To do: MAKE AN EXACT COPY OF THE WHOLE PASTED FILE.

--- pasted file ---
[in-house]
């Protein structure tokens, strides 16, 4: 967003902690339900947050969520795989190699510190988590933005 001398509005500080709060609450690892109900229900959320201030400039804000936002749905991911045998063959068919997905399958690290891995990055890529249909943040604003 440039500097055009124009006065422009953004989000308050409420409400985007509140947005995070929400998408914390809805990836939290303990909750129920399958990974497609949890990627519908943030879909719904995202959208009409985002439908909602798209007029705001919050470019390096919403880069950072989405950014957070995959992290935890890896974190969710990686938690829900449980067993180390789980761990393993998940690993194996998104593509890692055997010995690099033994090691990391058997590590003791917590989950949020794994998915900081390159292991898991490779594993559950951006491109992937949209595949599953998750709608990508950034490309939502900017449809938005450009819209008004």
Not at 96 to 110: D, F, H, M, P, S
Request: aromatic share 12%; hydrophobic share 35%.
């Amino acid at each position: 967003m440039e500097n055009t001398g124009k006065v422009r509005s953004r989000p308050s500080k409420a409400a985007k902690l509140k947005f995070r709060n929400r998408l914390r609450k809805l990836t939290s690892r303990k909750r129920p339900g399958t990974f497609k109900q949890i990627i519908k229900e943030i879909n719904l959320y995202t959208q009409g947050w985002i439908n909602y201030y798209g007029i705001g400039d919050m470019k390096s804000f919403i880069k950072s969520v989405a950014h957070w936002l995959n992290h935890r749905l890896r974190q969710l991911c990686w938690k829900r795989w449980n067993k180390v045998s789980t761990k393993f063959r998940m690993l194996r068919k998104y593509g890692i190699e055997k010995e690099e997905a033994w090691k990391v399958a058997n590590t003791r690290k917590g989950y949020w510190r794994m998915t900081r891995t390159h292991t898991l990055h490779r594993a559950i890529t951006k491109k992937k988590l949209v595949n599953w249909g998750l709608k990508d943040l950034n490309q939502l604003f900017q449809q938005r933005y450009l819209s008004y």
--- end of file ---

[in-house]
């Protein structure tokens, strides 16, 4: 967003902690339900947050969520795989190699510190988590933005 001398509005500080709060609450690892109900229900959320201030400039804000936002749905991911045998063959068919997905399958690290891995990055890529249909943040604003 440039500097055009124009006065422009953004989000308050409420409400985007509140947005995070929400998408914390809805990836939290303990909750129920399958990974497609949890990627519908943030879909719904995202959208009409985002439908909602798209007029705001919050470019390096919403880069950072989405950014957070995959992290935890890896974190969710990686938690829900449980067993180390789980761990393993998940690993194996998104593509890692055997010995690099033994090691990391058997590590003791917590989950949020794994998915900081390159292991898991490779594993559950951006491109992937949209595949599953998750709608990508950034490309939502900017449809938005450009819209008004």
Not at 96 to 110: D, F, H, M, P, S
Request: aromatic share 12%; hydrophobic share 35%.
């Amino acid at each position: 967003m440039e500097n055009t001398g124009k006065v422009r509005s953004r989000p308050s500080k409420a409400a985007k902690l509140k947005f995070r709060n929400r998408l914390r609450k809805l990836t939290s690892r303990k909750r129920p339900g399958t990974f497609k109900q949890i990627i519908k229900e943030i879909n719904l959320y995202t959208q009409g947050w985002i439908n909602y201030y798209g007029i705001g400039d919050m470019k390096s804000f919403i880069k950072s969520v989405a950014h957070w936002l995959n992290h935890r749905l890896r974190q969710l991911c990686w938690k829900r795989w449980n067993k180390v045998s789980t761990k393993f063959r998940m690993l194996r068919k998104y593509g890692i190699e055997k010995e690099e997905a033994w090691k990391v399958a058997n590590t003791r690290k917590g989950y949020w510190r794994m998915t900081r891995t390159h292991t898991l990055h490779r594993a559950i890529t951006k491109k992937k988590l949209v595949n599953w249909g998750l709608k990508d943040l950034n490309q939502l604003f900017q449809q938005r933005y450009l819209s008004y």